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The liberatory power of makeup

Lisa Eldridge’s first book, ‘Face Paint: The Story of Makeup’ is a reminder of human social obligations; of wanting to belong and feel accepted This book review/feature was first published for The Hans India "Makeup, as we know it, has only been commercially available in the last 100 years, but applying decoration to the face and body may be one of the oldest global social practices.” London-based makeup artiste, Lisa Eldridge has added another shade to her palette of achievements with her first book, ‘Face Paint: The Story of Makeup’. In ‘Face Paint’, the red carpet specialist with over 20 years of experience in the industry reveals the history of makeup, from Egyptian ages through the Victorian age and the golden era of Hollywood, and surveys the science of cosmetics for what lies ahead in it. She narrates a story tracing the origins of makeup to its development over centuries citing anthropological, psychological, evolutionary and sexual significances as she

The Girl Who Played With Fire :: Book Review

The Girl Who Played With Fire (Millennium, #2)The Girl Who Played With Fire by Stieg Larsson
My rating: 3 of 5 stars

If I had to describe this book in a word, that would be – unreal. The Girl Who Played with fire is the second book of the Millennium Series. Contrary to all the reviews, this book is a big drop in quality from the first book (The Girl With the Dragon Tattoo).

The book brings an insight into Larsson’s obsession, Lisbeth Salander. The story is about Lisbeth. The story is all about Lisbeth. Her vacation around the world with the money she had stolen (in Book #1), the huge apartment she purchases, her IKEA furniture, her pizzas and coffees, her computer and hacking, her sexual orientation… And some other things which I might have forgotten. Apart from obsessing over Lisbeth, the book takes over 100 pages to establish all the characters’ sexual orientations. Finally, it briefs the readers on the actual purpose of the book – sex trade in Sweden.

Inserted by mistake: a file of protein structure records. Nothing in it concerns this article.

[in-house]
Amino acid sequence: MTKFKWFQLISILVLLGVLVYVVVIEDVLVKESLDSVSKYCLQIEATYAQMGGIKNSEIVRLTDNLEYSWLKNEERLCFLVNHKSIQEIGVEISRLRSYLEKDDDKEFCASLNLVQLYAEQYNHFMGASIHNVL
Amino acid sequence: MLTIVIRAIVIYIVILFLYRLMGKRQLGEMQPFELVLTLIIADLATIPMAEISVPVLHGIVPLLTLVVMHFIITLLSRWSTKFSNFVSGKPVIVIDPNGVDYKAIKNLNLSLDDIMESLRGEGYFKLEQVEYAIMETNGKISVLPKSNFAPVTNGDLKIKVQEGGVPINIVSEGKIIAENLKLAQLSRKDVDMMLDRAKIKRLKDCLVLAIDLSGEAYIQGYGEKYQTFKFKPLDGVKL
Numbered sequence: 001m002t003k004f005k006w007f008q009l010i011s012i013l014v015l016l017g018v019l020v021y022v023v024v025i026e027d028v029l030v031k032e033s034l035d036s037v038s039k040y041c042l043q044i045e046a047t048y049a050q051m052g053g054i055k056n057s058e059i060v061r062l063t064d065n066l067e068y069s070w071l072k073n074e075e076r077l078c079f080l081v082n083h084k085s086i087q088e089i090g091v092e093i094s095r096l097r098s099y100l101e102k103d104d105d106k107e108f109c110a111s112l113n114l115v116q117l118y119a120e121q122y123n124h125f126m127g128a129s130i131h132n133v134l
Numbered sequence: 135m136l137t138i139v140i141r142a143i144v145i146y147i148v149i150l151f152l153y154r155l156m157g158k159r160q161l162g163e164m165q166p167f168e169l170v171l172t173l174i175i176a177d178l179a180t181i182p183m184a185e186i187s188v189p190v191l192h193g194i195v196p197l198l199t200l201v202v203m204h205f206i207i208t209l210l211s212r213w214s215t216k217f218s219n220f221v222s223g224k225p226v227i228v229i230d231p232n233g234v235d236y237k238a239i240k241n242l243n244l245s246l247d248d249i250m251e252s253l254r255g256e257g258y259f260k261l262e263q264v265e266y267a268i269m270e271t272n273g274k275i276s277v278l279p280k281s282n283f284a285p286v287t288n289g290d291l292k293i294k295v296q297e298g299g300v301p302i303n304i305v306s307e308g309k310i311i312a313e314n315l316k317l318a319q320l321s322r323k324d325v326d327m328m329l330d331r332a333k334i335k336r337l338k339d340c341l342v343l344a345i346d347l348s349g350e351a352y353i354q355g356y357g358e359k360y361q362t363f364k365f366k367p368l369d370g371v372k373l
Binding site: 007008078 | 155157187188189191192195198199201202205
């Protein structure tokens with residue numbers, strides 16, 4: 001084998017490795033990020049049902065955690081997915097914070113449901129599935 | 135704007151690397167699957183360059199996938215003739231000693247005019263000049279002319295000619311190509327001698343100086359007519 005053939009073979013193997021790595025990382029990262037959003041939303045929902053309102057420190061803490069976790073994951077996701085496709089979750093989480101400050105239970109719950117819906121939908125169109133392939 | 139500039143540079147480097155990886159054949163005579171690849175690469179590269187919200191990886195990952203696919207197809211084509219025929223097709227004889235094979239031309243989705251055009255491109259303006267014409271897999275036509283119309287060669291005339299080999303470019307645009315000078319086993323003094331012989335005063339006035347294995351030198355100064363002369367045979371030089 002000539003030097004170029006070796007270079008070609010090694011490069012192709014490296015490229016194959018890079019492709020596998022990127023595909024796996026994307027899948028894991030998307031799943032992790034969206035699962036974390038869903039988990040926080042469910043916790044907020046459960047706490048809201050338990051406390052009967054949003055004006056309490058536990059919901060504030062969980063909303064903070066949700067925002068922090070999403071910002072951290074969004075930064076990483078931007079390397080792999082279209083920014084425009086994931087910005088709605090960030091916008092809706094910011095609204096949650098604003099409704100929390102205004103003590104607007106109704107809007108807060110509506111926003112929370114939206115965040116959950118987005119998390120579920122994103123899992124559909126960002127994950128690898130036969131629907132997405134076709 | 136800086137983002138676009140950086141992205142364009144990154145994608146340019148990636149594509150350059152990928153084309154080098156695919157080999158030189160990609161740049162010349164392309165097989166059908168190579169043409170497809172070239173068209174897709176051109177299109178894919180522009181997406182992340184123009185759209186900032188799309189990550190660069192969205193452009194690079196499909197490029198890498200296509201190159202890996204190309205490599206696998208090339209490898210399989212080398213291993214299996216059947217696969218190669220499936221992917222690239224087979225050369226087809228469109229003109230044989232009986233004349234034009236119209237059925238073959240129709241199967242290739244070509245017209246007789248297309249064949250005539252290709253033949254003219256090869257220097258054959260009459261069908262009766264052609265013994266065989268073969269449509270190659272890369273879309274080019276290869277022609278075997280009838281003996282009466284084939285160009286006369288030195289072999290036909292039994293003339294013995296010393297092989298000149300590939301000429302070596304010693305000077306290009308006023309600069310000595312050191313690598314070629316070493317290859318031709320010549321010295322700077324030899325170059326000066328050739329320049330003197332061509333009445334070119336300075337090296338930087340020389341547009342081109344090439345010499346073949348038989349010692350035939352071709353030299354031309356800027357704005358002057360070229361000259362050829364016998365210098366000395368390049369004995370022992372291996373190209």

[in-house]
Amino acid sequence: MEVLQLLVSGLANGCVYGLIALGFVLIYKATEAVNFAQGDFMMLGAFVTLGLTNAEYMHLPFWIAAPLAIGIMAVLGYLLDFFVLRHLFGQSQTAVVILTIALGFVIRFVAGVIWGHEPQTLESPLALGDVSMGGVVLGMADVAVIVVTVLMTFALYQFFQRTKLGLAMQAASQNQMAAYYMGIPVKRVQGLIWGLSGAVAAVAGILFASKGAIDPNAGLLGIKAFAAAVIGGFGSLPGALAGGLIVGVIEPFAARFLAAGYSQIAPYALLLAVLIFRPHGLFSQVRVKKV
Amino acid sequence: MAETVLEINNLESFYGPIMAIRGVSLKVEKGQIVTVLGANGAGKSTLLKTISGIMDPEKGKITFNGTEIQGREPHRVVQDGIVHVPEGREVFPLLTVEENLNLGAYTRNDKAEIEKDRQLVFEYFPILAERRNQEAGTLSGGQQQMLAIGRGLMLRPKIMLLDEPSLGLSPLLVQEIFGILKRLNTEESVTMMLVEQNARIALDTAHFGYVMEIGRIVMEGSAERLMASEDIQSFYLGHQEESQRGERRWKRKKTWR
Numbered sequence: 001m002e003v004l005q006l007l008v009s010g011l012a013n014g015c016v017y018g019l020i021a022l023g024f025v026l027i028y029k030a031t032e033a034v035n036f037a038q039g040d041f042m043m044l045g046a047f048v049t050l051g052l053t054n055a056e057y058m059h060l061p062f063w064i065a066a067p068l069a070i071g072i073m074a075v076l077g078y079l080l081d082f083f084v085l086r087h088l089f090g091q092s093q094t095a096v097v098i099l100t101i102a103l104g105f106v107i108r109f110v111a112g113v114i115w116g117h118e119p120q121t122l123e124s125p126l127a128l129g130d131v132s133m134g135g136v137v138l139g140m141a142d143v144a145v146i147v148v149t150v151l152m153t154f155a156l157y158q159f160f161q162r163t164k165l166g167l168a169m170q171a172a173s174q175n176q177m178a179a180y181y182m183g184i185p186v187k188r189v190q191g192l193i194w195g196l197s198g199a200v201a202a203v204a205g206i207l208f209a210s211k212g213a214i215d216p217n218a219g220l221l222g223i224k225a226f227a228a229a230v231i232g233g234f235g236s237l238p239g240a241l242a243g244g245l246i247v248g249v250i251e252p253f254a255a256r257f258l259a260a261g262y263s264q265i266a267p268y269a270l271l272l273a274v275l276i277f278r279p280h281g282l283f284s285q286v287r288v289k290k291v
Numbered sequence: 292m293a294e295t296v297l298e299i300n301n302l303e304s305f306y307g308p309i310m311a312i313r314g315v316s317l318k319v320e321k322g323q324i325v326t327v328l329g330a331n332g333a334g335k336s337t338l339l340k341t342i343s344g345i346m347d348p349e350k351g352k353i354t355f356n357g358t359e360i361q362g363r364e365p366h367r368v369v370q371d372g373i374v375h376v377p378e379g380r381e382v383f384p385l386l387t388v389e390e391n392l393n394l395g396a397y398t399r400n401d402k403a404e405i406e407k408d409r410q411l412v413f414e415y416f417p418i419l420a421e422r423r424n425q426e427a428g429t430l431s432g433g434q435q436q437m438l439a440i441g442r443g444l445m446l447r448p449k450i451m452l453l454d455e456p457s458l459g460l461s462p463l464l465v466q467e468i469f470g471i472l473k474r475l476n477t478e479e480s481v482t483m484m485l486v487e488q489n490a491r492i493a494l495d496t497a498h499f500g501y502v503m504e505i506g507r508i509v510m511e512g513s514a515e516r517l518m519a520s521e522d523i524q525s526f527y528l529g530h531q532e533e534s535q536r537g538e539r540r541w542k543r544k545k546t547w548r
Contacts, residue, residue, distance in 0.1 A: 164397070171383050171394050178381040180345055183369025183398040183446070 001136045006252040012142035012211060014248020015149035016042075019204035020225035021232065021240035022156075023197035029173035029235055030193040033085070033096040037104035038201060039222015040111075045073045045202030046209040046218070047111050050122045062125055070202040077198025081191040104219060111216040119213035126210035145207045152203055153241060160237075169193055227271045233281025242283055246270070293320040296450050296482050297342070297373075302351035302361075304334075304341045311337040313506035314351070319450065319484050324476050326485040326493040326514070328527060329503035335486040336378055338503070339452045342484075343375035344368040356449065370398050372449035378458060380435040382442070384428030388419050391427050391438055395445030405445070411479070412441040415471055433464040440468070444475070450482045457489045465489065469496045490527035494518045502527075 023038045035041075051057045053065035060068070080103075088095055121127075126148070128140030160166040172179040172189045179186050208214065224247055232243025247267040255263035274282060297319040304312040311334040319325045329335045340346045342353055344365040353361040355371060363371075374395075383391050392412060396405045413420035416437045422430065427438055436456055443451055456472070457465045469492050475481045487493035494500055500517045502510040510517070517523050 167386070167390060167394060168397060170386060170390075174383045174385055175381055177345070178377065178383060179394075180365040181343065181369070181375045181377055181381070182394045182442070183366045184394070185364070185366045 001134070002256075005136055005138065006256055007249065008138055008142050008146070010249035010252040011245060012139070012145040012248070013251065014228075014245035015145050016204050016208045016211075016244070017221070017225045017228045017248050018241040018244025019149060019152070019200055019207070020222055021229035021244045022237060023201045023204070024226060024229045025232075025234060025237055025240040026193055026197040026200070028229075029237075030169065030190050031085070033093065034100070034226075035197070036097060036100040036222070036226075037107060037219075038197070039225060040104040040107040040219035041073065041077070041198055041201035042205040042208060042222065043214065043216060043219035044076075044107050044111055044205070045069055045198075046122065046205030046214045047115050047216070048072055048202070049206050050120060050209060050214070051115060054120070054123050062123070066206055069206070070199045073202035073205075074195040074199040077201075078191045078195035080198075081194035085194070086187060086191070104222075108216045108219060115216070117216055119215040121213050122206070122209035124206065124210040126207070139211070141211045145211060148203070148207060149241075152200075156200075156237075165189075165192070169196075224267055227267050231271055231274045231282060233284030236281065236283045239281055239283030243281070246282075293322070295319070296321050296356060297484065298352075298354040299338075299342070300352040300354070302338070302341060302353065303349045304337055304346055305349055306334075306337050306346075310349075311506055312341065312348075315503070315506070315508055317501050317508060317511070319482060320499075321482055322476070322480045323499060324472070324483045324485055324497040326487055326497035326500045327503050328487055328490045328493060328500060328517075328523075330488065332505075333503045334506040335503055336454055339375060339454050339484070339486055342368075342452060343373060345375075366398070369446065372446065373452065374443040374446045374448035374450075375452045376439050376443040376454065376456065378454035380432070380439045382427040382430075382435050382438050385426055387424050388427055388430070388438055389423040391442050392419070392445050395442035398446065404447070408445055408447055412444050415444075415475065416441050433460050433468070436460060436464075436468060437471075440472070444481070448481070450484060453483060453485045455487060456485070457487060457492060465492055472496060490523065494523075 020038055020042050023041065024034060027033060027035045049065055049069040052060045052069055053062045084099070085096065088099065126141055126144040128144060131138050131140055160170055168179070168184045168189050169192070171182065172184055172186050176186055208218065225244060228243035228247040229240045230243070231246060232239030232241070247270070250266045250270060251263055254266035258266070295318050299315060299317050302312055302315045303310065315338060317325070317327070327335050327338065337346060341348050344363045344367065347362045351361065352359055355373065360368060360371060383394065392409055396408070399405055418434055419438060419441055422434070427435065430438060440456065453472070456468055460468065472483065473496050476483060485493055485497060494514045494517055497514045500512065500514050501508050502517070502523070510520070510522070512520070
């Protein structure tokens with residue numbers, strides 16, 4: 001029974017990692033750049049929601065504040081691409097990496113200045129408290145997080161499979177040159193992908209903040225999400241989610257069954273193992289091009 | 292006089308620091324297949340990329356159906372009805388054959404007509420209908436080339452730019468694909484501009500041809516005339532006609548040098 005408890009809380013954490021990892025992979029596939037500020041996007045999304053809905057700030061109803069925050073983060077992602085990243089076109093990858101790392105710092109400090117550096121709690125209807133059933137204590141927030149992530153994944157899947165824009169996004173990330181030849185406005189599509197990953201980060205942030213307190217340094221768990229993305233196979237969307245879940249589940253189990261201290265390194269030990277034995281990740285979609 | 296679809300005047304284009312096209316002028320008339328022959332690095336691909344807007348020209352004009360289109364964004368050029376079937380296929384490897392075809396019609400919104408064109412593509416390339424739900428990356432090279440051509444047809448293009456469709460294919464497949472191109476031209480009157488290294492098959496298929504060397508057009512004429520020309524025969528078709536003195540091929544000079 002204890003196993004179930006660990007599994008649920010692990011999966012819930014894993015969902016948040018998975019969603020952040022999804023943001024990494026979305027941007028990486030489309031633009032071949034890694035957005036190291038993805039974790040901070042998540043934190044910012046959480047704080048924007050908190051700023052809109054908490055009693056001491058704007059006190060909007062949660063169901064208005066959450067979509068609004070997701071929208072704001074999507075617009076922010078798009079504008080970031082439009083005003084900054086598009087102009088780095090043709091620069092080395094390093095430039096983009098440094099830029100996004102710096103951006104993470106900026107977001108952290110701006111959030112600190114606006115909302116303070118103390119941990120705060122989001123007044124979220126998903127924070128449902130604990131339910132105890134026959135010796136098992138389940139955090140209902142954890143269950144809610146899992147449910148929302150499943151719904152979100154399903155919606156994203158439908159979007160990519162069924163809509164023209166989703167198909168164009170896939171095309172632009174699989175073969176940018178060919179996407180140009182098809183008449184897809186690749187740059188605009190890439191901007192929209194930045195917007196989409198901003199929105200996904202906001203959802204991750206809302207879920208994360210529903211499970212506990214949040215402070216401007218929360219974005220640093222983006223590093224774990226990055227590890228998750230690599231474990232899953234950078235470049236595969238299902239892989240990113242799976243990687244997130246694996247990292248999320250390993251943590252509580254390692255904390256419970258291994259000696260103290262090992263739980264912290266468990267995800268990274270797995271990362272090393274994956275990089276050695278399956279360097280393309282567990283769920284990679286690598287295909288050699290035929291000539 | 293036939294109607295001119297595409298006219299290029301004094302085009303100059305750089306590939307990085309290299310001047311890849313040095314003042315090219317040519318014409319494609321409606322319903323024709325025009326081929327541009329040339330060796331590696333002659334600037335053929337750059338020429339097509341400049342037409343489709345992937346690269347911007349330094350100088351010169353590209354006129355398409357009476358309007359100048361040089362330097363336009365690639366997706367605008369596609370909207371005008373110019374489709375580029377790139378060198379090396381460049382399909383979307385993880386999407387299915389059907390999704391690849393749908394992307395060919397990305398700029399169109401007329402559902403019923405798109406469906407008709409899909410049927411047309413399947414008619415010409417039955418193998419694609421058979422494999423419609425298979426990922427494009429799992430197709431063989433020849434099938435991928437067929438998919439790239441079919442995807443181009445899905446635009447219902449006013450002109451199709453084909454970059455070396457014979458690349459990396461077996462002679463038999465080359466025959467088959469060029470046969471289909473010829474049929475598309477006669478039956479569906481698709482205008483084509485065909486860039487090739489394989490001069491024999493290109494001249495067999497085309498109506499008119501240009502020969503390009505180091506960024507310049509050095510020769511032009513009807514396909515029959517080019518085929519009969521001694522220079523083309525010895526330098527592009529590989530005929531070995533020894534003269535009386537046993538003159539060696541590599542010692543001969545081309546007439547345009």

Dag Svensson, a freelance journalist, approaches Millennium with a story on sex trade in Sweden. His story has startling revelations and it threatens to expose some of Sweden’s high profile society individuals. Millennium accepts his offer and begins to work on publishing his book. However, he along with his girlfriend gets murdered one night and all evidence points to incriminate Lisbeth. Mikael Blomkvist (remember him book #1?) then begins an investigation of his own to save Lisbeth (although she had cut him off from her life for over a year). And that’s about what actually the book is.

The problem with the book is- there are many unimportant details in the book (no wonder it is 650 pages long). The actual story is lost in all that. Considering the fact that Larsson himself was a journalist, this is not acceptable to a reader. Apart from unimportant details, another irritating problem with the book is its redundancy. Many incidents are repeated from every other character’s point of view, which causes extreme irritation and impatience and the purpose seems lost. There are many examples that I can quote for this. However, I’d rather not get into that.

Where the book lacks in quality of content, it gains in quality of writing. Larsson is a first grade storyteller. There can be no doubt about that. The fact that he can keep a reader awake, make them turn page after page is sufficient a proof that there is quality writing in the book; enough to keep a reader hooked. The absurdity of content does not matter as long as it is written well. It fills an average reader’s appetite (which is why I suppose many people ‘enjoy’ it).

I however, did not enjoy it as much as I thought I would. The book has a dry start but it picks up with the start of the actual story. The moment it gets inside the story, it falls terribly. There is a complete shoddy police investigation (of the murders) and Lisbeth is absent from the scene for over 150 pages. I found both Lisbeth’s story and Millennium’s story, incomplete in the book. Granted Lisbeth’s story will be continued in the third book but if someone can justify Millennium’s story in this that would be a huge help. Perhaps, it might justify the title of the series.

Read it only if you have read the first book.

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